Is a Merciful Manager a Weak Manager?

At the beginning of my career as a manager, I was very worried about being too soft,  I complained to my mentor about my feelings,  I told him that I have emotions when I make decisions that affect employees.  I try to suppress these feelings because I feel that they are a weakness.  I was taught that managers should be tough, strong, and not let emotions get in the way of good judgment.

Today, I see many managers struggling with the same situation of feeling bad about some tough unpopular decisions they had to make.  This is an important issue to ponder, as managers face triple jeopardy when dealing with tough decisions related to employees, like firing and reprimanding.

First, they have to deal with the external resistance from the employees who might have negative feelings towards the manager because of his seemingly “evil” decision. 

Second, is their own feelings of guilt and uncertainty about the decision they took and feeling pity towards the team members affected. 

Third, is feeling guilty about feeling guilty.  I know it is funny but it is true,  feeling guilty about feeling guilty is a major source of stress for today’s managers.  The problem with this third level is that it is complex and it prevents one from dealing the first two levels of negative emotions the manager is feeling.

So, How to Deal with This Situation?

First off we need to understand why this whole guilt trip happens.  I believe one of the main causes is an underlying misconception that having mercy is a weakness and the same as being soft; it is not.  A soft manager is one who cannot take important but tough decisions for fear of becoming unpopular.  This is totally different than having feelings related to the effects of the decisions you make.  Being soft is bad.  Having mercy is good.  One should love self for being merciful.  Mercy is not a sign of weakness.  Far from it.  It is in fact a sign of strength and a beautiful trait.  God is almighty and yet is the most merciful.  So Mercy cannot be a sign of weakness.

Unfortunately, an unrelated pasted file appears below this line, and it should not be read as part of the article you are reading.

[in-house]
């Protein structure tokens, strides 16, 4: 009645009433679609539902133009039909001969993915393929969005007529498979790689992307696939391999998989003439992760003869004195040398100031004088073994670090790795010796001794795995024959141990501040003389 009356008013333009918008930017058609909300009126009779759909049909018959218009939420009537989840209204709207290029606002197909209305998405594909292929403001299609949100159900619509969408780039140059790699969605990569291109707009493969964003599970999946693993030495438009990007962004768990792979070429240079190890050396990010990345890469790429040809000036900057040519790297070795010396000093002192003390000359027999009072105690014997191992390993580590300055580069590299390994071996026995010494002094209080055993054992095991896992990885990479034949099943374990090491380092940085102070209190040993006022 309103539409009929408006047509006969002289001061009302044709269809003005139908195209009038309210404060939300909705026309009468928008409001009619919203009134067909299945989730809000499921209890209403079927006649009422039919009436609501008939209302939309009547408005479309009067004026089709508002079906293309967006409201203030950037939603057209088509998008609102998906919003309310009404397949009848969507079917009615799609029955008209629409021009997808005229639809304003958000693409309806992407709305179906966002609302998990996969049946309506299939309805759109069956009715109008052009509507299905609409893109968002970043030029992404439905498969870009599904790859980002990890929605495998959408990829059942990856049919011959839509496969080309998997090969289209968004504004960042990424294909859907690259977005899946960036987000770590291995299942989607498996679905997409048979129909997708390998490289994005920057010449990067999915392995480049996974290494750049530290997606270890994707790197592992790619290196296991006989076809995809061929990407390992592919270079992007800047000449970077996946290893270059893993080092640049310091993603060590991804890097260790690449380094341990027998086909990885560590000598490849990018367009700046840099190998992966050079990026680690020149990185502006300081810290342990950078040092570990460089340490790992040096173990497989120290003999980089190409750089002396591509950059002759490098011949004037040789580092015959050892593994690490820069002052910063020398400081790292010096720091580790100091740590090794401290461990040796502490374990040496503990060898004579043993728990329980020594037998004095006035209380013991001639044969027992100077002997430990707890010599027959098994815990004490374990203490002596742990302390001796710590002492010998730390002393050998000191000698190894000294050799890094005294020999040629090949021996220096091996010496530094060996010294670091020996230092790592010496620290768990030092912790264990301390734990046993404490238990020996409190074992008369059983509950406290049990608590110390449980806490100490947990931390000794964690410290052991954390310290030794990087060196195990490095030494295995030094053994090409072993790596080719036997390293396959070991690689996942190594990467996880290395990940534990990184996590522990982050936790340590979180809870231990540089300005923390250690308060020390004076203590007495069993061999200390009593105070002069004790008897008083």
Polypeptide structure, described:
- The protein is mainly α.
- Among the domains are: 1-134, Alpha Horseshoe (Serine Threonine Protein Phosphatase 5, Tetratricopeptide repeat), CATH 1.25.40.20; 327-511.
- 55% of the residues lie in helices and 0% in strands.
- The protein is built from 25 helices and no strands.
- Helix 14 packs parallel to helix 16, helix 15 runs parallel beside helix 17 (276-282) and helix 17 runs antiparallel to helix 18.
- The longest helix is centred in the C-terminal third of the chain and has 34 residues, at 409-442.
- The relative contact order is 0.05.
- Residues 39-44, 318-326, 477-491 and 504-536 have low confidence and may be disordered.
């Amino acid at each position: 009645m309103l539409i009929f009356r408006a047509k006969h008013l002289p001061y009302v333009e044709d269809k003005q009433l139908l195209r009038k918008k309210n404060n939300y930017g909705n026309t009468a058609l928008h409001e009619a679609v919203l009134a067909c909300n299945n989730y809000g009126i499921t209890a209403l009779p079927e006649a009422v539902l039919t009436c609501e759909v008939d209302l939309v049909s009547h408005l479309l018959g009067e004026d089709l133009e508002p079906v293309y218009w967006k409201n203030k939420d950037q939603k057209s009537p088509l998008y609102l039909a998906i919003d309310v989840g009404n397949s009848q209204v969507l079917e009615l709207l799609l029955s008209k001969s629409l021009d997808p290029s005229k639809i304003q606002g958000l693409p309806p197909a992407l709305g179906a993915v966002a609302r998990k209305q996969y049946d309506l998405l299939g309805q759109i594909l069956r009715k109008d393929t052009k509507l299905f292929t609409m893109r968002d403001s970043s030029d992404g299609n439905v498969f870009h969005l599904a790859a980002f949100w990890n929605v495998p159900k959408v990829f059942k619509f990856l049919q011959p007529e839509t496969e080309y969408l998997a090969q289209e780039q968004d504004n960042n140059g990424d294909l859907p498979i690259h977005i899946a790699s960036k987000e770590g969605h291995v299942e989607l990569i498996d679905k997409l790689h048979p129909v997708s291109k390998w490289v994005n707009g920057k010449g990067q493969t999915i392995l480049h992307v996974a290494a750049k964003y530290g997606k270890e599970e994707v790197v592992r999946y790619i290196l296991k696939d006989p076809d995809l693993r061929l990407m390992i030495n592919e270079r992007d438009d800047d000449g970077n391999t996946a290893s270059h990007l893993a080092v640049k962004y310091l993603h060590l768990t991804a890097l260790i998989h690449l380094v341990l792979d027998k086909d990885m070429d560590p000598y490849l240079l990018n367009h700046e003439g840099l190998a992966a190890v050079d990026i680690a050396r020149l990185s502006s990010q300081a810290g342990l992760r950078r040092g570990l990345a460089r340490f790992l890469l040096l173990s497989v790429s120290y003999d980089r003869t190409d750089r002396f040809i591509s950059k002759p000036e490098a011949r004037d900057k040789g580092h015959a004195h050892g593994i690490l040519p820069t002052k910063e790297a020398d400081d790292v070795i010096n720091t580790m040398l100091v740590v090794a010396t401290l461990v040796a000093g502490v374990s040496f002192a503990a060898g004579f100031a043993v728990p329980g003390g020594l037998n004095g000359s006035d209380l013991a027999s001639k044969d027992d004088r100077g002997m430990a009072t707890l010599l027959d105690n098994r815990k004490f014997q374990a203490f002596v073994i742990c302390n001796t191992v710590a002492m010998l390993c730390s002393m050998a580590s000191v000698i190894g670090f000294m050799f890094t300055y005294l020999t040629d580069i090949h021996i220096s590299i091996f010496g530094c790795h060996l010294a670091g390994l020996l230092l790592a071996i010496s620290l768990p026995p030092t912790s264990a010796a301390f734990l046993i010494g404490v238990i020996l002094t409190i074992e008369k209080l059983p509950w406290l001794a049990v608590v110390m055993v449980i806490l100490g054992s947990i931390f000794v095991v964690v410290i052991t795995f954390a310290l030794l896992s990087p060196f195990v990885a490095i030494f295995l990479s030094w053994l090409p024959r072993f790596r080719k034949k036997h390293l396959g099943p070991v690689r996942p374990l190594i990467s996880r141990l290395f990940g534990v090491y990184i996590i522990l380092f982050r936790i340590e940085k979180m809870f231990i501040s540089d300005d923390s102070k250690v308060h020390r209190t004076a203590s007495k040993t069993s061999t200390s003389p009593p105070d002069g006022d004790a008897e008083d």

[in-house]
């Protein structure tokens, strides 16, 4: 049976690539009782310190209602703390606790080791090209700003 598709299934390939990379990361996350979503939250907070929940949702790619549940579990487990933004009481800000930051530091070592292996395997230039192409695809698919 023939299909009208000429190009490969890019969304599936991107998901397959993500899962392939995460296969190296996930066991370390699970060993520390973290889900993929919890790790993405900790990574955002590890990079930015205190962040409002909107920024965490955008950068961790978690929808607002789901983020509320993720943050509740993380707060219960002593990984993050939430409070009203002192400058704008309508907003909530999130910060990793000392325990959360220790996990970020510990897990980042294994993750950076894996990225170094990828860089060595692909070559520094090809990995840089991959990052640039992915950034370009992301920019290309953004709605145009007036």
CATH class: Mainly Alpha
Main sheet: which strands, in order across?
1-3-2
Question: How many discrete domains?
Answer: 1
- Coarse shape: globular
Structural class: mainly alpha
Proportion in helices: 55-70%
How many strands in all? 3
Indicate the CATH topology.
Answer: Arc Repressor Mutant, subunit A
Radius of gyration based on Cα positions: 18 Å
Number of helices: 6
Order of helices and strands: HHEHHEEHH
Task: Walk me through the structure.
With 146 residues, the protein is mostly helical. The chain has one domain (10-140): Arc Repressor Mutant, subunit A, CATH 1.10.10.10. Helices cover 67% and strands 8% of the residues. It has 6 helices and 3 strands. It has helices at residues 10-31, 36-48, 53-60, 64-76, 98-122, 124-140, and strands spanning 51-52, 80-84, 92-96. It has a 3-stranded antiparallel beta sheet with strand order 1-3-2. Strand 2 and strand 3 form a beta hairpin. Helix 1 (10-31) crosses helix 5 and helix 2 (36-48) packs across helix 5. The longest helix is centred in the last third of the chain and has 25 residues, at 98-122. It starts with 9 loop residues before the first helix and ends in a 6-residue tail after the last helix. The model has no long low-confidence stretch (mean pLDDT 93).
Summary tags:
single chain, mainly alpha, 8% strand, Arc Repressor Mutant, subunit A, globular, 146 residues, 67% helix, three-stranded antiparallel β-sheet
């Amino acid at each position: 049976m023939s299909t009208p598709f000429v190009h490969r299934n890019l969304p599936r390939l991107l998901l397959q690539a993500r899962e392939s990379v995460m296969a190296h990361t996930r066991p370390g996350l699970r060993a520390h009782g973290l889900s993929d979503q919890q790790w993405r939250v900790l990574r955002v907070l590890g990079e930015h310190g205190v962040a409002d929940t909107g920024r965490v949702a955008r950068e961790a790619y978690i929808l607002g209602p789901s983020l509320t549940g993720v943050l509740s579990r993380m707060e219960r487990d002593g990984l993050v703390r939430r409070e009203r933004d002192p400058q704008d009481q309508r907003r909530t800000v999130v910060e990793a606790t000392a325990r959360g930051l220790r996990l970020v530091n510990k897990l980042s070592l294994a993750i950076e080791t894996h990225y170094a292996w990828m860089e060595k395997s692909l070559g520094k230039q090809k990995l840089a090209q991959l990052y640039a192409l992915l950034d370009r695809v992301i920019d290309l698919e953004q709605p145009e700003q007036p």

As managers, we need to change our attitude towards our feelings and emotions.  They are a good thing not a bad thing and can be a strength.  If you take a decision like firing an employee, and you feel sorry for the employee about it, it is because you know that your decision is tough on him, but you also know that you took your decision based on what you feel is right.  So, you are both responsible, strong and capable of making tough decisions, and at the same time have mercy on others which is a beautiful human trait.  Allow your self to feel that mercy.  Welcome it, embrace it, and smile at it, instead of resenting the feelings and dismissing them.

Back to the story I started this post with.  When I told my mentor about my concerns of being affected by my emotions after a tough decision, he was very happy and assured me that it is a sign of good character.  He taught me not to fight the feeling but to welcome it and accept and welcome my humanity.  However,  I still have to deal with these feelings whenever I take tough decisions.


In today’s day and age we need more merciful managers, not merciless managers.  I believe the merciless are behind the selfish decisions taken by many managers worldwide, some of which led to the economic crisis and business corruption the world is facing today.

So, if you are one of the lucky ones who have feelings towards people, then congratulations. You own one of the most important traits that leaders should have; Mercy.

Comments (1)

  1. Thank you Ammar for the article. I think you are tickling one of the major sides of our feelings, attitudes and behavior. I suffer the same problems you are talking about; often think that I am too week to be a manager. The way you exemplified the difference between God’s might and God’s mercilessness is beautiful and lucid.
    What about the fear of being misunderstood by your employees, and that your fancifulness being abused? I have few cases like that. Best regards.

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